Local airports to benefit from grant money

Published 5:54 pm Tuesday, April 29, 2008

Two local airports will benefit from grants to improve Mississippi’s airports announced earlier this month by U.S. Sens. Thad Cochran and Roger Wicker.

More than $11 million has been released by the U.S. Department of Transportation to fund airports across the state through the Transportation, Treasury and Housing and Urban Development Bill, according to a press release from Cochran’s office on April 8.

The Poplarville-Pearl River County Municipal Airport will receive $197,362 for extension of the runway and expansion of the apron, according to the release.

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Poplarville Airport Manager Ron Savoie said new T-hangars are being built by private firms at the airport, and some of the grant money will be used to extend the taxiway to the new hangars.

“We’re also going to continue building fencing, and relocate the beacon as well… Construction on all this should start in late 2008 or early 2009,” Savoie said.

Savoie says the airport does not have a large number of people that it serves, but that many people use the airport to fly in and fuel up.

“Our fuel is on a self-service system. We usually service smaller planes, private jets, and about four or five times a year, we serve commercial crop dusters,” Savoie said.

As far as the runway goes, Savoie says the runway is currently 4,000 feet long and 100 feet wide. Savoie says the runway can be extended as much as another 1,000 feet, but is not sure it will be done right away.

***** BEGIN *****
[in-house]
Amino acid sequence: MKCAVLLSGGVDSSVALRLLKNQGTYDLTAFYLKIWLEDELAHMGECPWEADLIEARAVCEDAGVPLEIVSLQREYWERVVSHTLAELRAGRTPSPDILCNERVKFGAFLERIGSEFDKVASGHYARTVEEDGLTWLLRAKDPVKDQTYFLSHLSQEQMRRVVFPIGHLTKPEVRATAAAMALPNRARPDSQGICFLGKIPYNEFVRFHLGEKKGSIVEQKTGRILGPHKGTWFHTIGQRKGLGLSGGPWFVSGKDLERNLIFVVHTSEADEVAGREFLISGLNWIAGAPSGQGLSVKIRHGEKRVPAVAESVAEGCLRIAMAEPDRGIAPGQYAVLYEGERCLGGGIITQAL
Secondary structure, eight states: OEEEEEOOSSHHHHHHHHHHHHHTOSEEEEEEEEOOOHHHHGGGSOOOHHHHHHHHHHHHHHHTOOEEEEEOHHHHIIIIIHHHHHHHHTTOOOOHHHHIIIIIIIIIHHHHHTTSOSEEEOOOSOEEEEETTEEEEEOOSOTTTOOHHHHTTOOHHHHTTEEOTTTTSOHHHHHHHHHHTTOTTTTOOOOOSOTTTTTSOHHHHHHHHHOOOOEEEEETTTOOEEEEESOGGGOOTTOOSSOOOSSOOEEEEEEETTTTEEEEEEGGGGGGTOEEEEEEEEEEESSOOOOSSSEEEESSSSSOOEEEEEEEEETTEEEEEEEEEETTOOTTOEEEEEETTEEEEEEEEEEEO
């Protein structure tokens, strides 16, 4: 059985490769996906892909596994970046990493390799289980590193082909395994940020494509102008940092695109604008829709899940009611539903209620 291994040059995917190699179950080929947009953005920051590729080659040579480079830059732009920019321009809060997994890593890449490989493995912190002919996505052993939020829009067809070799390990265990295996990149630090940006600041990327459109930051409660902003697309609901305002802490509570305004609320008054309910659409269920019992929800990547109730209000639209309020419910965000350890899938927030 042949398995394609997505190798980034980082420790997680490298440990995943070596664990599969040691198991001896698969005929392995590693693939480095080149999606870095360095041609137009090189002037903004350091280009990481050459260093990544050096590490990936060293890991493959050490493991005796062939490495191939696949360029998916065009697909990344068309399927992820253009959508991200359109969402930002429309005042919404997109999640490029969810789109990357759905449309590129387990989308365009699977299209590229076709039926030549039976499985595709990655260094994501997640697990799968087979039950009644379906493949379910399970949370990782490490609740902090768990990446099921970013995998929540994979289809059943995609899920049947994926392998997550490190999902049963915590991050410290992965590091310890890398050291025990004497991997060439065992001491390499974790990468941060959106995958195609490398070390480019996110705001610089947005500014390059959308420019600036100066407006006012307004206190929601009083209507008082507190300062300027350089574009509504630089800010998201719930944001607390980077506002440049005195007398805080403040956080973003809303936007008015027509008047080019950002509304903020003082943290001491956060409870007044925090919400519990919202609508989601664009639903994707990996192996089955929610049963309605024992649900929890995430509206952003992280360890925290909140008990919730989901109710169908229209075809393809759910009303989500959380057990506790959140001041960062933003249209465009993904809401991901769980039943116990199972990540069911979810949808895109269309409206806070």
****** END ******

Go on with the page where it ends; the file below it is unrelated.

“It may be in the plans. We’ve thought about it before, but haven’t done it yet,” Savoie said.

The Stennis International Airport will receive $263,266 for the improvement of airport drainage, according to the release.

Stennis Airport Maintenance Manager Clarence Piazza said the drainage improvements are needed at the end of the runways towards Interstate 10, where the airport consistently has problems with beavers and beaver dams.

“It’s a weekly thing, having to clean out these beaver dams. … We’ll be opening the drainage so it will drain under the interstate and into Bayou LeCroix. … There’s not a lot of flooding right now, but we still need to get this land dried out,” Piazza said.

Piazza said once drainage is improved, the airport hopes to extend its runway to the south end.

“Our runway is currently 8,500 feet, and we want to extend it to 10,000 feet,” Piazza said. “An extended runway would help us in dealing with larger planes with full loads, by providing more room for lift.”

Stennis International Airport currently serves charter and private flights, as well as military and personal aircrafts.

“Our airports are critical to our state’s ability to support and attract both small rural businesses and large industry,” said Cochran in the release. “We must continue to build and maintain our aviation infrastructure to compete in today’s global economy. I am pleased that the federal government continues to recognize the need for assistance in Mississippi.”     

“Local airports are an asset to both large and rural communities in Mississippi,” Wicker said in the release. “This federal funding will help strengthen these airports and their community’s economic development efforts by increasing safety and efficiency through improved airport infrastructure.”